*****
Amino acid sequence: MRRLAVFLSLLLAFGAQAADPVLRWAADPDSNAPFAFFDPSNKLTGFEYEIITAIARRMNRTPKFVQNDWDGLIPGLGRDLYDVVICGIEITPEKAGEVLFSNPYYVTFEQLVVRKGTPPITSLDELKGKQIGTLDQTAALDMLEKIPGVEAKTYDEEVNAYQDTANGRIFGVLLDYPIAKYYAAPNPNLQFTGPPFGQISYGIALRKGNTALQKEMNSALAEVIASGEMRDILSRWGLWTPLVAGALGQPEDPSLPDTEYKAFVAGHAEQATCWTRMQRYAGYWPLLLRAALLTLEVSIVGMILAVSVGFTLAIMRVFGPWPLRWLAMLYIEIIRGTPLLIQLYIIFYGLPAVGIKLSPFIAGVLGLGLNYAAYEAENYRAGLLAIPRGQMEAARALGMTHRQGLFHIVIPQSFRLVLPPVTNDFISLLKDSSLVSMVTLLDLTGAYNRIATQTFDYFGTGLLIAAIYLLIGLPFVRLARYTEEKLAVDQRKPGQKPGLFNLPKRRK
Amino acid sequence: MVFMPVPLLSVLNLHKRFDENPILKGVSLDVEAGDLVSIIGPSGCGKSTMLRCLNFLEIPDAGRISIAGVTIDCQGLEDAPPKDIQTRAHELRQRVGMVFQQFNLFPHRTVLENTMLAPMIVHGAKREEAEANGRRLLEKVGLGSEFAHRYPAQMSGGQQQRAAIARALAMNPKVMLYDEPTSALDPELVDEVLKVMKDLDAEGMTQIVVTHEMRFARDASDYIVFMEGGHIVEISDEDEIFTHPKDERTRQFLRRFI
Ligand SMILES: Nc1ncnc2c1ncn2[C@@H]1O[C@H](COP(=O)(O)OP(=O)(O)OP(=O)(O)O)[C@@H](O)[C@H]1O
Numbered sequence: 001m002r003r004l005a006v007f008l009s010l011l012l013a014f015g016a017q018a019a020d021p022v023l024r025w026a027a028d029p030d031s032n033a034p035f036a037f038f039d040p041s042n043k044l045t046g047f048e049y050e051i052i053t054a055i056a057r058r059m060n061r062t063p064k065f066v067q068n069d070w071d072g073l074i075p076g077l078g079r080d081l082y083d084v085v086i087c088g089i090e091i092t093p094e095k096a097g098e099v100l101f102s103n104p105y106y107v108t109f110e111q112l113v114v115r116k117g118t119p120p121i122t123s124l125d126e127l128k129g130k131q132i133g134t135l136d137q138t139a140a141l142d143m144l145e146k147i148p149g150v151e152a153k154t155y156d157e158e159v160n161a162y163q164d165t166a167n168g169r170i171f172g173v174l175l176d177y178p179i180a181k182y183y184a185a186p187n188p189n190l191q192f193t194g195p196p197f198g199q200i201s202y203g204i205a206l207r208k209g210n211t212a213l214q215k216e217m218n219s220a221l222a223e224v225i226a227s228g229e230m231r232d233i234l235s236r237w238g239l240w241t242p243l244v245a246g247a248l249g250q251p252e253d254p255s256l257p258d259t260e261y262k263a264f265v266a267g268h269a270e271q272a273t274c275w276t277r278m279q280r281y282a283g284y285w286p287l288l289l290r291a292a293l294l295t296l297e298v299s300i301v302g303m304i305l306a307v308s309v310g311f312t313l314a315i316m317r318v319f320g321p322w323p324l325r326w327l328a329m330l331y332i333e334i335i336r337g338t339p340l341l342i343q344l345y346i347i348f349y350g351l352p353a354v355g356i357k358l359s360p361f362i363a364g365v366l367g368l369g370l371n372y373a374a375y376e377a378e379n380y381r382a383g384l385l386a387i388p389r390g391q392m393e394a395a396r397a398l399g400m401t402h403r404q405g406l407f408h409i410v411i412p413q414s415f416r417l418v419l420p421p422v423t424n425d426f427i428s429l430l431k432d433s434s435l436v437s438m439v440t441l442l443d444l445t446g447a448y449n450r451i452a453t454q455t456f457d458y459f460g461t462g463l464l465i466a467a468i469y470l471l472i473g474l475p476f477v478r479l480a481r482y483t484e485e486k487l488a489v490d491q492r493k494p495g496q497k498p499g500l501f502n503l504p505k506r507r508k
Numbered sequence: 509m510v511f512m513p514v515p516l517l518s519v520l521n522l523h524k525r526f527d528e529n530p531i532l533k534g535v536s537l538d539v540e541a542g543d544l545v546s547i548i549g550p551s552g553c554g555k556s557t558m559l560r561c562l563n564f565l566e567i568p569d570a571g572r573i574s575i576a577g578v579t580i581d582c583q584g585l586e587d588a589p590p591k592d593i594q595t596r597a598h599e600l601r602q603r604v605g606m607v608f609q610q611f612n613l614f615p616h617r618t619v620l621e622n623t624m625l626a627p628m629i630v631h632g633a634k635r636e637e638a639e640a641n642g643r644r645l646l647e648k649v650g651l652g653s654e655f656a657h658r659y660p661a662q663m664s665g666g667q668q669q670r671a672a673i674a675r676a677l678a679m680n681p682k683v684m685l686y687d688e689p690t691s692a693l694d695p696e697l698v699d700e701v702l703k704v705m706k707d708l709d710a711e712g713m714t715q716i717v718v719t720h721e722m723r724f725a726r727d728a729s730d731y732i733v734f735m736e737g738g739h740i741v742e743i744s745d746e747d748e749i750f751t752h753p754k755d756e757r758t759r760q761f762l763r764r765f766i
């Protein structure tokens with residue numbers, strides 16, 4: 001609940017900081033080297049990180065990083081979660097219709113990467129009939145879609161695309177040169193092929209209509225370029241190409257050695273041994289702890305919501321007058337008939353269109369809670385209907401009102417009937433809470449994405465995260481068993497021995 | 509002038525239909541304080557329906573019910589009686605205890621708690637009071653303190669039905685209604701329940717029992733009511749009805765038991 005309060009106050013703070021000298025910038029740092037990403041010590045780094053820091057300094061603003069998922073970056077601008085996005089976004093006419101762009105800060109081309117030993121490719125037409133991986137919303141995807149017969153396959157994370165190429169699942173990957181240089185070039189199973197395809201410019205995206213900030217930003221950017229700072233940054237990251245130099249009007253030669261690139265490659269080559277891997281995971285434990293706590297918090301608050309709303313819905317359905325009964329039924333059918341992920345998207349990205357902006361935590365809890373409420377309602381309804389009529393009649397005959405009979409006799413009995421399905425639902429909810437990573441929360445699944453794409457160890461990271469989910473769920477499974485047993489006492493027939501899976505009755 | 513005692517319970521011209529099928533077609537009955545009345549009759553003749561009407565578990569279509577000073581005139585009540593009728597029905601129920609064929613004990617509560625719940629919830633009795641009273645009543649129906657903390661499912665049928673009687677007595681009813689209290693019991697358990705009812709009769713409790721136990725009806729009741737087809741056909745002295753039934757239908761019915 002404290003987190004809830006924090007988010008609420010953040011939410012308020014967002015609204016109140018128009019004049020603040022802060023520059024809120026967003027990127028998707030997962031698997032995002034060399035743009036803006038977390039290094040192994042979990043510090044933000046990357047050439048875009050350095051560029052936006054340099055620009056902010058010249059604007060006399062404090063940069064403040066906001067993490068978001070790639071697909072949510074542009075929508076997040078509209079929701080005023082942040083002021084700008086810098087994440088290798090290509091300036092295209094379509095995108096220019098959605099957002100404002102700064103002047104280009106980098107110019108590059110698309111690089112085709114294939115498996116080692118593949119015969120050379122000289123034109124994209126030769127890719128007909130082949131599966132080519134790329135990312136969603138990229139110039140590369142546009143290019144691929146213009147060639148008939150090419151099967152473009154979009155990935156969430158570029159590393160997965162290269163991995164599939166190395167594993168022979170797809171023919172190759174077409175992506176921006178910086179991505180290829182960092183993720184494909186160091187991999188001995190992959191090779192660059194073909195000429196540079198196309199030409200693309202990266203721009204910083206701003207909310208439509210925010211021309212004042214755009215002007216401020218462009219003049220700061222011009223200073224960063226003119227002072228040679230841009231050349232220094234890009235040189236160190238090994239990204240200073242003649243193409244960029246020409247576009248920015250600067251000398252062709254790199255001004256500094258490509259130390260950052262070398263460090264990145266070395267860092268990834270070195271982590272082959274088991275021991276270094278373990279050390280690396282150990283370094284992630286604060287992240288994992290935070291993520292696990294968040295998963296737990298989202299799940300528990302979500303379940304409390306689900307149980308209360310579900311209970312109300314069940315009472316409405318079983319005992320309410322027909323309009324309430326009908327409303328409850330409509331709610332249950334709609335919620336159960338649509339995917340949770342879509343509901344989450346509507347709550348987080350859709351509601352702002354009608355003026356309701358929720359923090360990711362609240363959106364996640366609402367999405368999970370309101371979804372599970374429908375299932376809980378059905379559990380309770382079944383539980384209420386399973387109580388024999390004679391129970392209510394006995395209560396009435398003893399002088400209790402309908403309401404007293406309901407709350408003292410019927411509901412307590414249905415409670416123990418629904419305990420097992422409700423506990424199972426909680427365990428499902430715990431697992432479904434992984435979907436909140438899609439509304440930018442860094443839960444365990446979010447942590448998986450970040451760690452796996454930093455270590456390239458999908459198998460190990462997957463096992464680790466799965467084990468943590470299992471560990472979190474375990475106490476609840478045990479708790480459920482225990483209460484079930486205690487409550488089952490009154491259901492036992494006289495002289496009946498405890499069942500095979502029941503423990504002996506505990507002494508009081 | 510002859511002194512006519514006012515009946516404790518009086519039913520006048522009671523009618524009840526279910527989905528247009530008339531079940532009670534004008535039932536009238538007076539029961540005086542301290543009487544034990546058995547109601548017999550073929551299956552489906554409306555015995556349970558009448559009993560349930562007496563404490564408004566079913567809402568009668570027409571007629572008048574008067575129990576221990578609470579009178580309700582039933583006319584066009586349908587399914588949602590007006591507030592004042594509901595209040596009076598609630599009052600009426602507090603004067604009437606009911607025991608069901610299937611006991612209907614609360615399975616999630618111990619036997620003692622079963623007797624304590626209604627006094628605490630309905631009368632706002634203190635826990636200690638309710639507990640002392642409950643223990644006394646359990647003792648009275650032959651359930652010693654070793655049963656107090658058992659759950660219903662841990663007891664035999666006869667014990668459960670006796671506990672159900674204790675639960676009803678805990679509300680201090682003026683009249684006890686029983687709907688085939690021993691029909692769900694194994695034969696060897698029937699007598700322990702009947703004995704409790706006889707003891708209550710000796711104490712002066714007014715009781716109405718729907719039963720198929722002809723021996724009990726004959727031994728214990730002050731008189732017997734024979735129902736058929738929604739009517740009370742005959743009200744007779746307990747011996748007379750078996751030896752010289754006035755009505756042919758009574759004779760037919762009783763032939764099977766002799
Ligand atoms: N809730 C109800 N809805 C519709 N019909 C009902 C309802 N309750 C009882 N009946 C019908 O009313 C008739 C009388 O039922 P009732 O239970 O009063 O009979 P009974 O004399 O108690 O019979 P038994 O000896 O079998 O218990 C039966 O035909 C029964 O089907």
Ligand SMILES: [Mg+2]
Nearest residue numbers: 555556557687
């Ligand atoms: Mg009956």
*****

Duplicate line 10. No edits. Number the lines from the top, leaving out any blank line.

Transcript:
């Ligand atoms: Mg009956």